Police apprehend BTC-e proprietor

Following the above-mentioned report presented by Google employees at Black Hat USA 2017, Greek police arrest 38-year-old Alexander Vinnik, the owner of BTC-e digital currency trading service. He is being charged with laundering ransomware payouts and money stolen in the notorious Mt. Gox hack Bitcoin exchange hack. Law enforcement also takes down BTC-e portal as part of the investigation.

JULY 28, 2017

CryptoMix becomes more of a moving target

The CryptoMix ransomware crew is busy creating new variants of this perpetrating program. This time they launch two editions in a row. These append the .ZERO and .DG extensions to encrypted files and drop an identical decryption manual named _HELP_INSTRUCTION.txt.

JULY 30, 2017

Another SamSam mod goes live

The SamSam, or Samas, ransomware campaign has been somewhat idle recently. New editions do appear once in several weeks, though. The latest one stains every hostage item with the .supported2017 extension.

JULY 31, 2017

GlobeImposter distributors adopt a new tactic

The GlobeImposter ransomware edition that blemishes encoded files with the .crypt extension is making the rounds via so-called “Blank Slate” spam. The booby-trapped emails don’t include any subject line and contain a Trojanized ZIP file attachment. This particular variant drops a data restoration manual named !back_files!.html.


Perhaps the determinant event of last month was the takedown of BTC-e cryptocurrency trading platform, the one purportedly used to cash out most ransoms. Let’s see how things pan out in this regard. Perhaps initiatives like that can help stop the epidemic in its tracks. Meanwhile, to stay away from the rampant ransomware frenzy use reliable security software, run operating system updates on time, and most importantly, be sure to keep those files backed up.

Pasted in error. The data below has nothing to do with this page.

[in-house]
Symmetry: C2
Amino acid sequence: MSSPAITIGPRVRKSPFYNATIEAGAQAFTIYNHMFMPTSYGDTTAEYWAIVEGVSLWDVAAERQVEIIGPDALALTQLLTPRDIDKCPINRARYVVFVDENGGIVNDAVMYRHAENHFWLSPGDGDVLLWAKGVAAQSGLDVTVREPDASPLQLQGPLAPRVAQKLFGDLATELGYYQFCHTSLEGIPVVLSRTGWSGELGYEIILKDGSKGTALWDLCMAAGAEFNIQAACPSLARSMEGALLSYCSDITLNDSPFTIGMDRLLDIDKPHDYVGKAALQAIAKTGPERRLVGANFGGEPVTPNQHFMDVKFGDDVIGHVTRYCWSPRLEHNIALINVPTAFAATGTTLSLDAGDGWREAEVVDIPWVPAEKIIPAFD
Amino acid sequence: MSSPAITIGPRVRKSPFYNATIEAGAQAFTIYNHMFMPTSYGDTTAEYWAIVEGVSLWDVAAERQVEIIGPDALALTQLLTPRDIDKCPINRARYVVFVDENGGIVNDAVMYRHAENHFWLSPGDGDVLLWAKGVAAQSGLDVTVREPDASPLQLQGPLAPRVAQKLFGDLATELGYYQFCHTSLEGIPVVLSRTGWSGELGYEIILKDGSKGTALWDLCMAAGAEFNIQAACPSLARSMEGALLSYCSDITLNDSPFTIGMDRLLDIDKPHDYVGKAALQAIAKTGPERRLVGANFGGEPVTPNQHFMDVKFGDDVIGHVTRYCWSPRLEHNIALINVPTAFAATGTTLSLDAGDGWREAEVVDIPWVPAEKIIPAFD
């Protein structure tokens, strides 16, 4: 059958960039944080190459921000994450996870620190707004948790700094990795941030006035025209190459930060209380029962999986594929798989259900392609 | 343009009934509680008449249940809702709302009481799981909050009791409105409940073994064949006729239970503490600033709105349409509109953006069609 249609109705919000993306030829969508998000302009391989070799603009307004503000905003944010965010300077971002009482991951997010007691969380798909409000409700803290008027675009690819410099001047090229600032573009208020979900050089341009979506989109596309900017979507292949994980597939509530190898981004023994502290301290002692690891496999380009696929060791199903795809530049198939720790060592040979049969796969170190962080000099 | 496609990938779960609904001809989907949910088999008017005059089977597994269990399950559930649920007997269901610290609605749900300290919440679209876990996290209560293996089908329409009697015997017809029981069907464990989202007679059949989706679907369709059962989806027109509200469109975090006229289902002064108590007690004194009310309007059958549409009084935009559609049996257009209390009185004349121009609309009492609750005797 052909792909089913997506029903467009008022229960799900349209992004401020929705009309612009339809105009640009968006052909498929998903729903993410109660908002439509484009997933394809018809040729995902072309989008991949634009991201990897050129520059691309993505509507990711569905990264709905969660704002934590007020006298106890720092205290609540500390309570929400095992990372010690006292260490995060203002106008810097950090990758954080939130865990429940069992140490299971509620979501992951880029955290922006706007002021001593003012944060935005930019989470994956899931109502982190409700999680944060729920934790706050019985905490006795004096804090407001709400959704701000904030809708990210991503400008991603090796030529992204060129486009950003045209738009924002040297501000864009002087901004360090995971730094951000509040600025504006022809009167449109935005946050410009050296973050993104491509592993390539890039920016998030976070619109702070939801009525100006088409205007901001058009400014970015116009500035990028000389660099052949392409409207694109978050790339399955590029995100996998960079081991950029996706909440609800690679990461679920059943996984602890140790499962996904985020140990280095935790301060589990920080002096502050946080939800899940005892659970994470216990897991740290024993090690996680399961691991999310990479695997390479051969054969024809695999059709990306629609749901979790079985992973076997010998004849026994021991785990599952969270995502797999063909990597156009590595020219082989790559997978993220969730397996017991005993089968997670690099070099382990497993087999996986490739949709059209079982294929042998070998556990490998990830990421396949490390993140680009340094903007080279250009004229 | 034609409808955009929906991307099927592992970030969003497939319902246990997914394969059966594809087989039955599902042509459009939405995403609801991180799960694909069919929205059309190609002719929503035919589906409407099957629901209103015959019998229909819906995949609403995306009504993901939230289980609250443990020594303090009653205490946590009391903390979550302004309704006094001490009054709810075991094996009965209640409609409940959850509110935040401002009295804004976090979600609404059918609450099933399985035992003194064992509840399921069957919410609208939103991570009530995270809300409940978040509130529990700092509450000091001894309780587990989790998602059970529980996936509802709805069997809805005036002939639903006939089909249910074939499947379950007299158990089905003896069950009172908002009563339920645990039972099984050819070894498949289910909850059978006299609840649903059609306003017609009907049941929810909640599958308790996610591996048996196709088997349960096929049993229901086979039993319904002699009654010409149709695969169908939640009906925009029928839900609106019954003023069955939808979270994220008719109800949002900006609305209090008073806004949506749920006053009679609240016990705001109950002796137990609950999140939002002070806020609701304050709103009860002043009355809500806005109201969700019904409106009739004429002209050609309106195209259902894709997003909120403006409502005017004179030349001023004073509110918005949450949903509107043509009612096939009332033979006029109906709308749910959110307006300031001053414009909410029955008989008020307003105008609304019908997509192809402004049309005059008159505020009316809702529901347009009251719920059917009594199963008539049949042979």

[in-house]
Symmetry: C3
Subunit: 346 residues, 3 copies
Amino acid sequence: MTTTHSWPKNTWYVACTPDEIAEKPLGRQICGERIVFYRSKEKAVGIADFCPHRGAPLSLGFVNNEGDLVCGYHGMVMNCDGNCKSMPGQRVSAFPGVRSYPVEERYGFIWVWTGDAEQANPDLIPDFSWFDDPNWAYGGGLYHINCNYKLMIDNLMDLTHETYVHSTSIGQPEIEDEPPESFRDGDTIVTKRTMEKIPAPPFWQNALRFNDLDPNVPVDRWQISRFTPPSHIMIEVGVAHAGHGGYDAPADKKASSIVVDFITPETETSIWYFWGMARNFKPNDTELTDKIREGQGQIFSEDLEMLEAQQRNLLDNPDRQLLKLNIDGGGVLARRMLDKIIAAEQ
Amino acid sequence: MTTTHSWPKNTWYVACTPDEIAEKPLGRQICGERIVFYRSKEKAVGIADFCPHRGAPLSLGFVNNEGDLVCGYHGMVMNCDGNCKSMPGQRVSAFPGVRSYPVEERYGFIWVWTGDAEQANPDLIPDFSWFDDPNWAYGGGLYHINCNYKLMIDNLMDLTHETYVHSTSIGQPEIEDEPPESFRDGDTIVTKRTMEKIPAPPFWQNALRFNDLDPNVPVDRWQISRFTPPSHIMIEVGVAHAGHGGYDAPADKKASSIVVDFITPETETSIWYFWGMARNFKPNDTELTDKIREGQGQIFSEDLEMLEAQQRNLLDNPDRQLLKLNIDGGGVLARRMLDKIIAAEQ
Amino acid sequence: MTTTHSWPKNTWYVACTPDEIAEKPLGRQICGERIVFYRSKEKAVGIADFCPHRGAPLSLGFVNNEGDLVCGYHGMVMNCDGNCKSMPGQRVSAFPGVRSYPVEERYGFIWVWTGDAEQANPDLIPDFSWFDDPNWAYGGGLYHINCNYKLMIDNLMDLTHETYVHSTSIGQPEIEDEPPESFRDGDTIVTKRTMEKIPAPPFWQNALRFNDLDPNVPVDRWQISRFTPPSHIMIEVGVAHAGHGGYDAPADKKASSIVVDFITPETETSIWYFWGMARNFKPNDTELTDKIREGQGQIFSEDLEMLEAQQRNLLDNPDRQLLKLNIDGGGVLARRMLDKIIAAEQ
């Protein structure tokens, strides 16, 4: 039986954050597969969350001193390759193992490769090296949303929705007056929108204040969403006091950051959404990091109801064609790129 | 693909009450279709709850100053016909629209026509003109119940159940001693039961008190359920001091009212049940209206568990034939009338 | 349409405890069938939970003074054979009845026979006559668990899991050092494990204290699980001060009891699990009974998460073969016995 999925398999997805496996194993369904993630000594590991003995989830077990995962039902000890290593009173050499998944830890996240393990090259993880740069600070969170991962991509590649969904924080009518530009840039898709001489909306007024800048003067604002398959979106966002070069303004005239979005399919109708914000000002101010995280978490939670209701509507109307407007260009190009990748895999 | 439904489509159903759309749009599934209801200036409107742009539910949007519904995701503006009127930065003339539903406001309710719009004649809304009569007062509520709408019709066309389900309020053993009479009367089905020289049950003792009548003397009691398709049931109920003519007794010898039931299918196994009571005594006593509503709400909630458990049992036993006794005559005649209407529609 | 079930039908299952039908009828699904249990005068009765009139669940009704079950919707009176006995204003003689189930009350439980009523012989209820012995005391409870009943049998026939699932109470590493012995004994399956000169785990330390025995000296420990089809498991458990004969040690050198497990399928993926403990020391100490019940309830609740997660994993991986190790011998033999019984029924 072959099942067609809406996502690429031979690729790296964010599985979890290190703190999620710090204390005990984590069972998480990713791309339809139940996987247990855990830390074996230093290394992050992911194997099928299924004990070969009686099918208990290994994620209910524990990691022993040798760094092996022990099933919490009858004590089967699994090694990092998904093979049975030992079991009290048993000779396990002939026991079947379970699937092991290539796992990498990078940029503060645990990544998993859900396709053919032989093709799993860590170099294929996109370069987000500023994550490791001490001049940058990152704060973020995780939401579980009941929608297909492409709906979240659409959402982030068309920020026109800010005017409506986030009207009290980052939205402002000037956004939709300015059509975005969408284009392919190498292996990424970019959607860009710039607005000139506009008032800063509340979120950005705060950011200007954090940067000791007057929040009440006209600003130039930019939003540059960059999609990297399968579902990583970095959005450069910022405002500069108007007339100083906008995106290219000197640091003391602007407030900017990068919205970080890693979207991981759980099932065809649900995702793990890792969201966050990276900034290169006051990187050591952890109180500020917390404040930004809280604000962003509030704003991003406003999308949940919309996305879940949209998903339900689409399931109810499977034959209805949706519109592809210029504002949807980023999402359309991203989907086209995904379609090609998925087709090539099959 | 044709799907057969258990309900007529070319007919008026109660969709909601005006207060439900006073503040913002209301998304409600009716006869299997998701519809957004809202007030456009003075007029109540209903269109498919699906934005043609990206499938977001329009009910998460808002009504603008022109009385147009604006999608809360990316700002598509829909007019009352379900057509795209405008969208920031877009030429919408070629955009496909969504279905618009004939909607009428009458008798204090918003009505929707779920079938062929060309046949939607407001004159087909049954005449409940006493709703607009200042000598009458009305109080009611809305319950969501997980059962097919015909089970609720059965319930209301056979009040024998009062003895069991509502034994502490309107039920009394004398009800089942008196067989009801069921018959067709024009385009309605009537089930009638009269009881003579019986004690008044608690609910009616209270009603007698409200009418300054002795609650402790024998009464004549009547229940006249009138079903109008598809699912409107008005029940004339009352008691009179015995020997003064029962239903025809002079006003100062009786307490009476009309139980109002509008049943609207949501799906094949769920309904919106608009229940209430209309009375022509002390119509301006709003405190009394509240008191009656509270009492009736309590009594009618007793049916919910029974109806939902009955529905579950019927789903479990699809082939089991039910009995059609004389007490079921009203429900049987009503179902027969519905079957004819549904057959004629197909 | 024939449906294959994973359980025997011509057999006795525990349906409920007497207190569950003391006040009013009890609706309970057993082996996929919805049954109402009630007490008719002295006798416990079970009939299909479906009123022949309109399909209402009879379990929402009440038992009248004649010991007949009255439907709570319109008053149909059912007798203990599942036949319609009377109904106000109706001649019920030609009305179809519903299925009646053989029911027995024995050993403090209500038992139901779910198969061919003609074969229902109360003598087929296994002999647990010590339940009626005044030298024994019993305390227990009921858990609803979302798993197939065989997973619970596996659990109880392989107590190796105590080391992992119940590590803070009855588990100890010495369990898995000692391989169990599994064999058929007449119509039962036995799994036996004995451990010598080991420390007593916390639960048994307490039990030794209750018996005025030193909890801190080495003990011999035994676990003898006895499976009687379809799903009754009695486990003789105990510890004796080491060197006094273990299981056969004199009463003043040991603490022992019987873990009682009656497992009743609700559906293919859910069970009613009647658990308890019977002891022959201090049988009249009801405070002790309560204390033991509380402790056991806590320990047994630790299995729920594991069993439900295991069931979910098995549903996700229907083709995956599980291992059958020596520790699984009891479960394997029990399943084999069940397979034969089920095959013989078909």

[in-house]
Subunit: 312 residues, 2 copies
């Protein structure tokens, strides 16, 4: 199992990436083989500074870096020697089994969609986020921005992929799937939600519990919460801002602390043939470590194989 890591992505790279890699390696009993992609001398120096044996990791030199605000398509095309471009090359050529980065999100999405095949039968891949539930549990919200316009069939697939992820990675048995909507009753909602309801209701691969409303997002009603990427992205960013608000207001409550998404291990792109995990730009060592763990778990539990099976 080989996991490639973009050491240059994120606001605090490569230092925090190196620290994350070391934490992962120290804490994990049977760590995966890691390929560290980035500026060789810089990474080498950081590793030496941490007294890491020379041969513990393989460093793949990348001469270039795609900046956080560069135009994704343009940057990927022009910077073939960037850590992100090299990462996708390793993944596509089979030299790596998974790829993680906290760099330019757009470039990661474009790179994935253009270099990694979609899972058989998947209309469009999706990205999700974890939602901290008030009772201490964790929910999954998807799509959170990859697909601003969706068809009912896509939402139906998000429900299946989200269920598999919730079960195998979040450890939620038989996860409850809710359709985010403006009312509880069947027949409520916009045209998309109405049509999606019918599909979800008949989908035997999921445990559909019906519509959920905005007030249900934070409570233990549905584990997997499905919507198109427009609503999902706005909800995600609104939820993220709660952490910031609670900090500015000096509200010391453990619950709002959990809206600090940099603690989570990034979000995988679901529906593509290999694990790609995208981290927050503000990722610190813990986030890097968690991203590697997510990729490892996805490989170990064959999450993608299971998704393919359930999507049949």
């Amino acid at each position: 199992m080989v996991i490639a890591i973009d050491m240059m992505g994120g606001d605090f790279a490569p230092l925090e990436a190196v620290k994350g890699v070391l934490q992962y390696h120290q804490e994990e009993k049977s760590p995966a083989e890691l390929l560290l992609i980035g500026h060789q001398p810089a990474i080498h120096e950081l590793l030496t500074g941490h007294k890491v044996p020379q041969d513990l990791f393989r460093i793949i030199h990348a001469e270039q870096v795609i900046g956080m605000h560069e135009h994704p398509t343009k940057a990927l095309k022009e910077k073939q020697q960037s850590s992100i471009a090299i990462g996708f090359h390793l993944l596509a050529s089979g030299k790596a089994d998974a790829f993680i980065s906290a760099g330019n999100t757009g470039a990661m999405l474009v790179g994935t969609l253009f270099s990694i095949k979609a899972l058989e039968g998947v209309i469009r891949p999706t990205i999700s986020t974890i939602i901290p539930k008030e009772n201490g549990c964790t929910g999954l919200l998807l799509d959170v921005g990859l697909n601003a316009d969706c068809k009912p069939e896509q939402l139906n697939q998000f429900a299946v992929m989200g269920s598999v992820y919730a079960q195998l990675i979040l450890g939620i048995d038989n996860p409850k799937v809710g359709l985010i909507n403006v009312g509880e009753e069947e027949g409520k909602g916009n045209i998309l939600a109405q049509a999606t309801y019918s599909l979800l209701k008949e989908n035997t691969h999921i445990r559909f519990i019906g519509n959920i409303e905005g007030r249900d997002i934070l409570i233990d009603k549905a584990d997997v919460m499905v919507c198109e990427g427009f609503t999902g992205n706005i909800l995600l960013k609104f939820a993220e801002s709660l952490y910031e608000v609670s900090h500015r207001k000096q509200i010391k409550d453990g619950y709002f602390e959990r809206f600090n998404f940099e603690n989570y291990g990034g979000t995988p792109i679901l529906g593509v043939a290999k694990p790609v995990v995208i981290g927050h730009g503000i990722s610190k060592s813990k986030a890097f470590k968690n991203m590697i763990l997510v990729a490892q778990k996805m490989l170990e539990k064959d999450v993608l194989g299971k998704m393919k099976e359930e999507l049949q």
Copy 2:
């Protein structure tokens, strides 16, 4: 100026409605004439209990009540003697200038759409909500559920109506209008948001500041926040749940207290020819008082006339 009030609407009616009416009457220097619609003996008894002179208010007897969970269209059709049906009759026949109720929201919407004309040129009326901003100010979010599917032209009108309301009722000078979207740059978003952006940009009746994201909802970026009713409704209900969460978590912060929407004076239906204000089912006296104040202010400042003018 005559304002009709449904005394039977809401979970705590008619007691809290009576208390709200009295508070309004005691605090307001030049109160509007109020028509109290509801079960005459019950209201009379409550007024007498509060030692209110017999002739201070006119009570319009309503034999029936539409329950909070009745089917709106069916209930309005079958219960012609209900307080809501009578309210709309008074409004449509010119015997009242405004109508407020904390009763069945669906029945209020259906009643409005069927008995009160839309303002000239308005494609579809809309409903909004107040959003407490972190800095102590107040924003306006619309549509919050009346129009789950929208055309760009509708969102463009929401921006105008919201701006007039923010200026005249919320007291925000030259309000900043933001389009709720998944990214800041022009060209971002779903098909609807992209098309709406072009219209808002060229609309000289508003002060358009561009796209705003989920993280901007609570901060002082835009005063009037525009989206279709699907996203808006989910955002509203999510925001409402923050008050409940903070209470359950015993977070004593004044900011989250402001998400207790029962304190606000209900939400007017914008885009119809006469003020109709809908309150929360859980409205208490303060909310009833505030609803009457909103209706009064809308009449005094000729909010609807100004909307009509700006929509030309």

david balaban

About the Author: David Balaban is a computer security researcher with over 10 years of experience in malware analysis and antivirus software evaluation. David runs the project which presents expert opinions on the contemporary information security matters, including social engineering, penetration testing, threat intelligence, online privacy and white hat hacking. As part of his work at Privacy-PC, Mr. Balaban has interviewed such security celebrities as Dave Kennedy, Jay Jacobs and Robert David Steele to get firsthand perspectives on hot InfoSec issues. David has a strong malware troubleshooting background, with the recent focus on ransomware countermeasures.

Editor’s Note: The opinions expressed in this guest author article are solely those of the contributor, and do not necessarily reflect those of Tripwire, Inc.